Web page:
Commodore Brunch Week 5: Vanderbilt vs. Florida

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Commodore Brunch Week 5: Vanderbilt vs. Florida

Defense as the Florida Gators defeated Vanderbilt 13-6 October 1, 2016 at Vanderbilt Stadium.

Defense as the Florida Gators defeated Vanderbilt 13-6 October 1, 2016 at Vanderbilt Stadium.

Defense as the Florida Gators defeated Vanderbilt 13-6 October 1, 2016 at Vanderbilt Stadium.

Defense as the Florida Gators defeated Vanderbilt 13-6 October 1, 2016 at Vanderbilt Stadium.

Cutler Klein, Sports Editor

On Saturday, Vanderbilt students got up as early as 6 a.m., got dressed and went out to tailgate on gameday. Afterwards, some of them filed into Vanderbilt Stadium, expecting to see either a close upset or a complete blowout by the Florida Gators.

Instead, they got two Vanderbilt field goals and a punt at midfield in the last two minutes of the fourth quarter.

The Commodores lost a tough one to the Florida Gators by a score of 13-6. There were a number of things that went wrong in this one, and this game could end up making or breaking Vanderbilt’s season.

Here is your Commodore Brunch for Week 5:

WTP? (What the Punt?)

In the final minutes of the game, Vanderbilt had a chance to march down the field and tie the game, much like they did against Western Kentucky. This time, Kyle Shurmur was back in the locker room with an injury, so it was up to backup quarterback Wade Freebeck to lead the way.

After some shaky first passes, Freebeck seemed to settle in, throwing two darts for a first down. Then, a Florida defensive player suddenly went down, triggering an injury timeout.

Vanderbilt never recovered.

Freebeck lost a step and eventually got to fourth down and seven at Vanderbilt’s 43 yard line with just under two minutes to go. The whole crowd (and most of the press box) expected the Commodores to go for it.

But, on came the punt unit.

The shock and dismay was evident in the boos that cascaded down from the Vanderbilt faithful. The explanation given after the game was that the Commodores wanted to take their chances on forcing a turnover deep in Florida territory rather than try to keep driving for an offensive touchdown.

While that is a fair point, especially with a backup quarterback in the game, it doesn’t fully justify the move. The optics of it were horrible. Head coach Derek Mason might as well have run to the middle of the field and waved a white flag. That’s what it looked like.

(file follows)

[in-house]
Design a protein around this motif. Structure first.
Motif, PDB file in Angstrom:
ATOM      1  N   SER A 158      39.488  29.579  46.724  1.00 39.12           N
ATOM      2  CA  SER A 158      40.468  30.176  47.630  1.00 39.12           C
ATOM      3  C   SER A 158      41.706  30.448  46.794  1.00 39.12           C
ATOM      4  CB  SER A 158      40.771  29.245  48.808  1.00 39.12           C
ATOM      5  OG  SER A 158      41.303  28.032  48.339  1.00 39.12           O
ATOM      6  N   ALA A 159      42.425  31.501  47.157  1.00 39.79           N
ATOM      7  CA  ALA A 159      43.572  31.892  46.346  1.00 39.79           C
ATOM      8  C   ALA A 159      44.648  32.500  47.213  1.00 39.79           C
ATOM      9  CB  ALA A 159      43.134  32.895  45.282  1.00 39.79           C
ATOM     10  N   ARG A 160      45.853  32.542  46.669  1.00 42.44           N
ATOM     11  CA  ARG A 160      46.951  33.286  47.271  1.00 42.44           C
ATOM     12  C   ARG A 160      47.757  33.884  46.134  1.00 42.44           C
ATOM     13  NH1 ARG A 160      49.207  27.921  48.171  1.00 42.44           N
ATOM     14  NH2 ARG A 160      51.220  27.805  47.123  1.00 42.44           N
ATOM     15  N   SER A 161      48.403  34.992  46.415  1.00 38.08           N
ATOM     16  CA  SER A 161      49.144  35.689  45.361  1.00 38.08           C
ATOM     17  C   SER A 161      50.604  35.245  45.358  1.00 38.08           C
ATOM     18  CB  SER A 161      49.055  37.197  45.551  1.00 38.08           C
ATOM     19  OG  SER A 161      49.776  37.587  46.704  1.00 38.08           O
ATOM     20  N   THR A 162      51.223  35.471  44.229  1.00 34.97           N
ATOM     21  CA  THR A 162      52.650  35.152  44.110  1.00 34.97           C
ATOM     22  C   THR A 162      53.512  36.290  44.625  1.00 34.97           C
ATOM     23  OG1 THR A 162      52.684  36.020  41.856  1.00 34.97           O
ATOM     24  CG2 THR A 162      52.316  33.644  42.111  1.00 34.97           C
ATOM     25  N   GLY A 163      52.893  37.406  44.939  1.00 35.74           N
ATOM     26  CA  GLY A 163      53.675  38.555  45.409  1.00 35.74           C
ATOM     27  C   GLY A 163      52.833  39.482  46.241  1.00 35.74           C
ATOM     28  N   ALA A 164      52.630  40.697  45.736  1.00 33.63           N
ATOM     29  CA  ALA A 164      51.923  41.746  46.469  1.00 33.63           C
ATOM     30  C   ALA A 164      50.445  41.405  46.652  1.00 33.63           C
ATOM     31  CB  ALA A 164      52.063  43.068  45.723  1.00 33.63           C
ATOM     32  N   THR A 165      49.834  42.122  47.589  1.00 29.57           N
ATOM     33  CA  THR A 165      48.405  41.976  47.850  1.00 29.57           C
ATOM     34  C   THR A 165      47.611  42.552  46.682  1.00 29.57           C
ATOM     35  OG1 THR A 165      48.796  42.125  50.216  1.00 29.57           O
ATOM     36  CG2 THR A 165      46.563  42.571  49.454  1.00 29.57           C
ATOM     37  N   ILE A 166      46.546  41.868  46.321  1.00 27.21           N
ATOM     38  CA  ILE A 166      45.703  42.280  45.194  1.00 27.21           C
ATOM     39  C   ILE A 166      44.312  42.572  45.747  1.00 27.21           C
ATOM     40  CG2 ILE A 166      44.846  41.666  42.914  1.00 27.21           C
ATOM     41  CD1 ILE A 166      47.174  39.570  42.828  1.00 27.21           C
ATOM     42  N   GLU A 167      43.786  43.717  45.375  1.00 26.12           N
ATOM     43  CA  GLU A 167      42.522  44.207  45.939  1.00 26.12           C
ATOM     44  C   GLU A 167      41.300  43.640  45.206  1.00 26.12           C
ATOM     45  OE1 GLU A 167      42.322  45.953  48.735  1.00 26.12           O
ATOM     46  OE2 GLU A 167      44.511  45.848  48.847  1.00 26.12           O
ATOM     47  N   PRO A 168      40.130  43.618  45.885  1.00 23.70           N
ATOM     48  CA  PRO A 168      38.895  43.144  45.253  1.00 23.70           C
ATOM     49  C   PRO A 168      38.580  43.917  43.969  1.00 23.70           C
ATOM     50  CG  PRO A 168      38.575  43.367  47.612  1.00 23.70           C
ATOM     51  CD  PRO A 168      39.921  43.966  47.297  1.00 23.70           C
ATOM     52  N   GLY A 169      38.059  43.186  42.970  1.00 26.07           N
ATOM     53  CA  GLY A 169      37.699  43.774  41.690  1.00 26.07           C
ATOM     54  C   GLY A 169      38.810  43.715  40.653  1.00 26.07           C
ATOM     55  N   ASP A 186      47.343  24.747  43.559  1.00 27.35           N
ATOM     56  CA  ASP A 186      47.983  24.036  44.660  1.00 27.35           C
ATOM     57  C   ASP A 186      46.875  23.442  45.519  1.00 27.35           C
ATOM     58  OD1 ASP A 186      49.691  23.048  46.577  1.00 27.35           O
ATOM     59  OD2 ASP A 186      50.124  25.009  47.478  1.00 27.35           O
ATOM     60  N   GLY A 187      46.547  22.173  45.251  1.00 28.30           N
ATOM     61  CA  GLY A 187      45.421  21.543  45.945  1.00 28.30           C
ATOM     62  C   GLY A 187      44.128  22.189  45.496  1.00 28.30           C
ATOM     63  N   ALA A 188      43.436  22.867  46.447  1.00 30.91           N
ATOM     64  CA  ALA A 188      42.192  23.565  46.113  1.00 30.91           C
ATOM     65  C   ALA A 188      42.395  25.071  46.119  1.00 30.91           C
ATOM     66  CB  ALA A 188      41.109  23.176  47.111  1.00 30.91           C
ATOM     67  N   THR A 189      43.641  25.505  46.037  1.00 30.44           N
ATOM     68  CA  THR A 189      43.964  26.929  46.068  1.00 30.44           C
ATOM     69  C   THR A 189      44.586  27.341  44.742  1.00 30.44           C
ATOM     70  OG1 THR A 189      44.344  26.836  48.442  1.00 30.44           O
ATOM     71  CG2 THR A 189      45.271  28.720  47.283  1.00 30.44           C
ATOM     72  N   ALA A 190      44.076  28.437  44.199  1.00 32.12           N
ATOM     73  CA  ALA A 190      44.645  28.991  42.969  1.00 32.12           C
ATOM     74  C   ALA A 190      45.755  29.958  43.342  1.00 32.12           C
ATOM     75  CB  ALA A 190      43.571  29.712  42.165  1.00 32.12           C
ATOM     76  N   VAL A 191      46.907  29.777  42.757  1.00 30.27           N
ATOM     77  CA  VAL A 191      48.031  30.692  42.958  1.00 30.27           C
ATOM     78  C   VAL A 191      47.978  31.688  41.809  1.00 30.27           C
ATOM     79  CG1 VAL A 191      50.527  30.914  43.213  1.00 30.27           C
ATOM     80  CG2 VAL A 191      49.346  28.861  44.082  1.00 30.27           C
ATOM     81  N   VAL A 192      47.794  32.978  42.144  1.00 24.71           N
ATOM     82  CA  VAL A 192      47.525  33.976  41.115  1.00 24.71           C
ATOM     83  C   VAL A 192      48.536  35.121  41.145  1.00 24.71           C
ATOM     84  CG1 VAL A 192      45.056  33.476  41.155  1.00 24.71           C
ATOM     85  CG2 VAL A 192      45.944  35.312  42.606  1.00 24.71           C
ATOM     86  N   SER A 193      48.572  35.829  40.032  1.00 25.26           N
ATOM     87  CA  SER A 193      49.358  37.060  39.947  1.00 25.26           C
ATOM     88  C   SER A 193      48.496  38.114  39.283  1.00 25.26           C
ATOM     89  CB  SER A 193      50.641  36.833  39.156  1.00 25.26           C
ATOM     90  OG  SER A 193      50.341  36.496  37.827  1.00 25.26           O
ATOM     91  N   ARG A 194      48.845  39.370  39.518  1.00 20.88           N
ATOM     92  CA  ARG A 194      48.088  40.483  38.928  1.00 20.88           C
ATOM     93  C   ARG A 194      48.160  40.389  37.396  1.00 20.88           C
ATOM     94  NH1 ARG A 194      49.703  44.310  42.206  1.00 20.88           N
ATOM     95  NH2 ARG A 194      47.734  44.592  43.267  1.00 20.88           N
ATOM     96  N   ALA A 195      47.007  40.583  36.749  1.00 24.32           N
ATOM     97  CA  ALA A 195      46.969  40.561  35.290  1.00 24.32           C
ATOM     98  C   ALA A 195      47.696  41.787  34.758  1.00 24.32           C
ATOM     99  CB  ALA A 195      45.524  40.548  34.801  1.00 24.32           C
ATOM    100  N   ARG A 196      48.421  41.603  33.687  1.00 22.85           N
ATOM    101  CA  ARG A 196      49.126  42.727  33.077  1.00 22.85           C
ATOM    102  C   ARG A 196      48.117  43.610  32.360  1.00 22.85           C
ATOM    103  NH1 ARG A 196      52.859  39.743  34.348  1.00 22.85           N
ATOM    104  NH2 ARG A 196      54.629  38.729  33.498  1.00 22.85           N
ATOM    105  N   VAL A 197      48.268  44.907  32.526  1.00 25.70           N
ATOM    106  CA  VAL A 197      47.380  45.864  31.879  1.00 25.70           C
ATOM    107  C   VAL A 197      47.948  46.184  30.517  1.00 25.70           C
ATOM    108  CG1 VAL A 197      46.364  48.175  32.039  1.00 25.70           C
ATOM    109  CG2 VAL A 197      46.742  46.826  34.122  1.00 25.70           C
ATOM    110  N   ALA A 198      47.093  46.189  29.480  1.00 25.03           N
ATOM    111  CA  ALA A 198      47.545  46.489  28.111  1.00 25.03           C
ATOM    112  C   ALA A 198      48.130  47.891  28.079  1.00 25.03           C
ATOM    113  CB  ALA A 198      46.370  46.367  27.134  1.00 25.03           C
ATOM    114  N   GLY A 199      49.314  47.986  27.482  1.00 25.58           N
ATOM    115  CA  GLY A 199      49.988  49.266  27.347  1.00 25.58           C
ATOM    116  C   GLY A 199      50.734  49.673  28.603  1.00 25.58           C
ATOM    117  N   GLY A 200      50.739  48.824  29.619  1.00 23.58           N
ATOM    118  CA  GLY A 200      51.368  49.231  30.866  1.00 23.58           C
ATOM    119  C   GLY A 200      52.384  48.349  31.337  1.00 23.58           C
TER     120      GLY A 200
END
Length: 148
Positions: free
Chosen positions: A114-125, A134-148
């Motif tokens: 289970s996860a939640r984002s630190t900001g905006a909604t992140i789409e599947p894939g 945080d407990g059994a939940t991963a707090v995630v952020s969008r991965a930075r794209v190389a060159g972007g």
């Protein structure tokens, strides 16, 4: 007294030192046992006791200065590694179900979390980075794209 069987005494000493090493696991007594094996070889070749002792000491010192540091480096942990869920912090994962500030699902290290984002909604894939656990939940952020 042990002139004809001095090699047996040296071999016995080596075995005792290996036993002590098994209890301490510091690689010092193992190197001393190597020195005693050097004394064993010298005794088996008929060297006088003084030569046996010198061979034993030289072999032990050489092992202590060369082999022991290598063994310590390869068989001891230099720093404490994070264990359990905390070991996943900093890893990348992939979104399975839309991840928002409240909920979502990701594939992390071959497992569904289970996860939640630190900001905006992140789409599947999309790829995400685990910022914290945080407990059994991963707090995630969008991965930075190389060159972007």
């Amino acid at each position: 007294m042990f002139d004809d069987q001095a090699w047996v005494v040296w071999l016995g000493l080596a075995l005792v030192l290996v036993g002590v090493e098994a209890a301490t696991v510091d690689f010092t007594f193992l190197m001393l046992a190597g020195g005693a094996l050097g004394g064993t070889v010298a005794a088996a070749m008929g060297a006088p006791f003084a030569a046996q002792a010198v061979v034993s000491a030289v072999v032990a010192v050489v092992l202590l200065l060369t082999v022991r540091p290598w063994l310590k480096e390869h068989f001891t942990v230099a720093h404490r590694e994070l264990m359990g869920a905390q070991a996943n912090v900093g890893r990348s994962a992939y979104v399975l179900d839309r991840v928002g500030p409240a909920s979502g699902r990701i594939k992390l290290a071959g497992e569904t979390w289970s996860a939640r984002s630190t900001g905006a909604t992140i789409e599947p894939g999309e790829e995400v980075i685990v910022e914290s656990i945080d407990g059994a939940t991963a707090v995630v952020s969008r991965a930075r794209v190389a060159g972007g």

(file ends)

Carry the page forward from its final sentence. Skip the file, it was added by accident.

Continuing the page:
Freebeck could have easily completed a pass on fourth down, re-gained his momentum and driven for a touchdown. Forcing a turnover is much harder than completing a pass, and much further out of Vanderbilt’s control.

Also, even if they hadn’t converted on the fourth down play, they still could have forced a turnover at midfield, or maybe forced a punt.

News flash: Turnovers happen all over the field. In fact, on Florida’s previous offensive drive, they turned the ball over on the goal line.

There was an equal chance of a Florida turnover at midfield and deep in its own end. Field position doesn’t fix a sluggish offense that could have fumbled the ball.

I understand that Vanderbilt’s defense had been solid, and I understand that Florida’s offense had struggled. But punting on fourth down in the last two minutes of the fourth quarter is just the wrong decision. Period.

Vanderbilt did end up getting the ball back after the punt, but Freebeck threw an interception on the very next play.

Perhaps he could have thrown more accurately on fourth down.

Get well soon, Shurmur

A bad coaching decision won’t kill Vanderbilt’s season.

An extended absence for Shurmur might, though.

In the fourth quarter, the Vanderbilt quarterback took a nasty hit and appeared to get poked in the eye. His right eye looked swollen shut on the sideline as he watched the end of the game.

Vanderbilt won’t officially disclose the nature of the injury, but a swollen eye like that has to hurt. Vision is very much necessary to play the quarterback position.

If he has to miss more than maybe a game, Vanderbilt’s chances at a bowl game will become slim. After his performance through the first four games, he was poised to lead this team to new heights.

Without Shurmur, this team could become lost and sluggish. Yes, Ralph Webb will continue to carry the weight on offense at running back. But Shurmur is the leader and main figure on this offense.

In past years, Vanderbilt has struggled to win with backup quarterbacks. The only time it really worked was when Patton Robinette (soon-to-be-Dr. Patton Robinette) took over for an injured Austyn Carta-Samuels in the James Franklin era. The difference in that situation was that Robinette was starting-caliber already.

Freebeck is not Robinette.

In a way, Vanderbilt’s season lives and dies with Shurmur’s right eye.

Ralph Webb: still good

But, you knew that already.

Vanderbilt looks to earn its third win of the season on Saturday, October 8 on the road at Kentucky. Kickoff is scheduled for 3 p.m. for the SEC matchup.

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